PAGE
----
Early childhood - Aboriginal families
Early Childhood – Aboriginal Families
The first five years of your child’s life make a big difference to the rest of their lives. During these years, your child’s brain and body are growing fast and the groundwork is being laid for their learning, health and well-being. During this time, you can teach your child healthy habits that can last.
Breastfeeding is really good for your baby’s health and well-being, and should be kept going for as much as a first year as possible. If breastfeeding isn’t possible or too hard, the alternative is formula feeding, which has the minerals, vitamins, and fats that your baby needs.
At four to six months of age, you can start introducing healthy solid foods, like mashed potato or baby rice cereal, mixed with breast milk or formula. Then move onto mash veggies and mash fruit, like ripe bananas and well cooked apples and pears. It’s best to talk to your doctor, nurse or health worker to find out what your child’s needs are as they grow, so you can feed them the food that’s best for them. And avoid feeding them unhealthy foods like juice, soft drink, and foods that are high in fat, salt and sugar. Serving size is also important too, so ask about the right serving sizes for your child as they grow.
Physical activity is so important for your child’s health, and if your child sees you exercising too, this will set a good example. Everyday, encourage physical activities that are appropriate for their age. This could be things like walking, jumping, running, chasing, playing with friends and cousins, riding bikes, climbing trees, using playground equipment, or helping you with even hanging out the washing. Television and computer screens are bad for our kids health, screen time is linked to getting fat and not exercising enough.
What’s the most important thing you can do for your kids? Apart from good food, reading to them every night makes a huge difference to their language, learning and brain development, and their ability to read when they get to school. It doesn’t have to be you who reads to them, it can be anyone. By spending time with your child and making them feel loved, safe, and secure, you’re giving them a great start in life. By spending time with your child and making them feel loved, safe, and secure, you’re giving them a great start in life. When your child is a baby, it’s great to cuddle them, talk to them and sing songs, hum and play music.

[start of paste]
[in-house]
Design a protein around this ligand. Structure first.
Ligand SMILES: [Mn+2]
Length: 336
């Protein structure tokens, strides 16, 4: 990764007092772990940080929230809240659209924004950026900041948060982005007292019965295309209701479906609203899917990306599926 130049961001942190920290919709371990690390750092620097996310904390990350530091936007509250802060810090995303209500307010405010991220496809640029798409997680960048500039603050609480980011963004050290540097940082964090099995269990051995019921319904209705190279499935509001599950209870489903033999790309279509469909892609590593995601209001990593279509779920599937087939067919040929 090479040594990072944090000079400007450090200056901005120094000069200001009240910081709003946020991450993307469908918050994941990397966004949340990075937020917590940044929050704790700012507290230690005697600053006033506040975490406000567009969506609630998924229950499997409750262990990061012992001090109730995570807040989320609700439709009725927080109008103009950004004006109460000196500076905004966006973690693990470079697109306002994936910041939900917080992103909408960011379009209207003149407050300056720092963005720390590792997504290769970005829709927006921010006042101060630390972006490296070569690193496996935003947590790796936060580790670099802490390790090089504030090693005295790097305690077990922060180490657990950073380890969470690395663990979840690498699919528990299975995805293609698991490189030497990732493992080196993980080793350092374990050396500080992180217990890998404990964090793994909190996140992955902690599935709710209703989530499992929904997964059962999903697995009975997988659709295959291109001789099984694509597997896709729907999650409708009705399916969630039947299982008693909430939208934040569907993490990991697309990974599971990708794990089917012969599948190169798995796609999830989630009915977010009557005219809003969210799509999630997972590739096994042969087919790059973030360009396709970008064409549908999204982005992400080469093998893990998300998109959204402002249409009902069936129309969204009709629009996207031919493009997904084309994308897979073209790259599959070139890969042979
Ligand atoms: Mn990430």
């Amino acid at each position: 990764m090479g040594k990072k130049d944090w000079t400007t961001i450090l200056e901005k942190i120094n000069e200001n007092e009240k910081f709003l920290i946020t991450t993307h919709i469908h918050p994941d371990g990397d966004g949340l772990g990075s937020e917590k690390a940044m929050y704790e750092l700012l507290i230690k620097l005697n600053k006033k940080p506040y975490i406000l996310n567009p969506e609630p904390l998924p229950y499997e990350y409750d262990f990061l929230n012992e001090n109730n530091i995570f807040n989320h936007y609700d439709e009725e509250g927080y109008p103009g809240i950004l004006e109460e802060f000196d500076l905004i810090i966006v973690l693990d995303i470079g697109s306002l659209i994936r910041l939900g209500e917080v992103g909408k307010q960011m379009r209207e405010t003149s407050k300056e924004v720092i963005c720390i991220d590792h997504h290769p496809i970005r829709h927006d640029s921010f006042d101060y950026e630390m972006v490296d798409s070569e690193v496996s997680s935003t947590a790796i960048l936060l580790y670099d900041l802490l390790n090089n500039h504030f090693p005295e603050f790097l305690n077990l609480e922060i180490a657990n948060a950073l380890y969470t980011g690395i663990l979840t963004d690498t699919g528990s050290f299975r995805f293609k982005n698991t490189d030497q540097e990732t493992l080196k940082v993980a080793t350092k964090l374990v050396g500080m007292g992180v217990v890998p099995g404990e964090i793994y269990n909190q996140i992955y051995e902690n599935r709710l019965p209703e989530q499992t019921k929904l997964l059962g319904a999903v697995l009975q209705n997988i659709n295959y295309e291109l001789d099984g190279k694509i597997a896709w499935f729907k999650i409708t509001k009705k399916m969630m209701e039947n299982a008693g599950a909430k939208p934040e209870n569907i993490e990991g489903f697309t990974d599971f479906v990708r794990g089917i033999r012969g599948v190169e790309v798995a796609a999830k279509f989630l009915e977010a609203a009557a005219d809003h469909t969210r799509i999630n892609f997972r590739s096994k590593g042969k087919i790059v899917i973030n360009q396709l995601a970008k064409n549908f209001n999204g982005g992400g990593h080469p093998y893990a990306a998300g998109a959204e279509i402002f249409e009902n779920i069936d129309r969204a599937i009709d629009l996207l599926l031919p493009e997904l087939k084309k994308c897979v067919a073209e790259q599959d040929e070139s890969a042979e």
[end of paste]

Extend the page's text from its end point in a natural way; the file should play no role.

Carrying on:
When your child’s around 2 1/2 to 3 1/2 years old, they might start throwing tantrums and telling you to go away. This is all normal, it’s part of growing up, they’re learning to be independent. This is a perfect opportunity to teach your child about their feelings and how to manage them. For example, if they’ve thrown a tantrum, help them relax, talk to them about why they’re upset. It’s important to help them understand why they’re upset. You can say something like, you’re angry but you shouldn’t hit your cousin. Never punish or hit your child when they’re upset and never put them down, swear at them or call them bad names. If you start feeling angry, just walk away until you calm down.
Raising a child can be hard at times, but there’s a lot of support out there, and many people that can help you. You aren’t alone, don’t be ashamed to ask for help. Your child is important to the whole community and we can all help them grow up strong, healthy and proud. The most important thing our children need is to feel loved, cared for and safe. There are some really good websites and apps you can use. The website raisingchildren.net.au has information about parenting for all stages of your child’s growth.
There is an app and a website called Deadly Tots, with lots of information on how to help your baby learn and grow.
Last Reviewed: 13/07/2020
More than one in 4 kids aged 5-17 years in Australia is above a healthy weight. Find out how to help kids make changes to their diet and activity levels.
Antenatal care in Aboriginal communities
If you've found out you're pregnant, it's important to visit your Aboriginal medical service as soon as you can. They'll make appointments so you're seeing someone regularly throughout your pregnancy. These appointments are called antenatal appointments or antenatal care.
Immunising your child
Being immunised protects your child against catching contagious conditions. Vaccinations give your child immunity and protect them from suffering from the effects of that disease.
Breast feeding your baby
Breast milk has long been known as the ideal food for babies and infants. Major health organisations recommend that women breast feed their babies exclusively until they are 6 months old, and continue breast feeding, along with solids, until they are 12 months old or more. Breast milk has many benefits.
Whether you are thinking about having a baby for the first time or have been pregnant before, with a little planning you can give yourself the best chance of a healthy pregnancy and baby.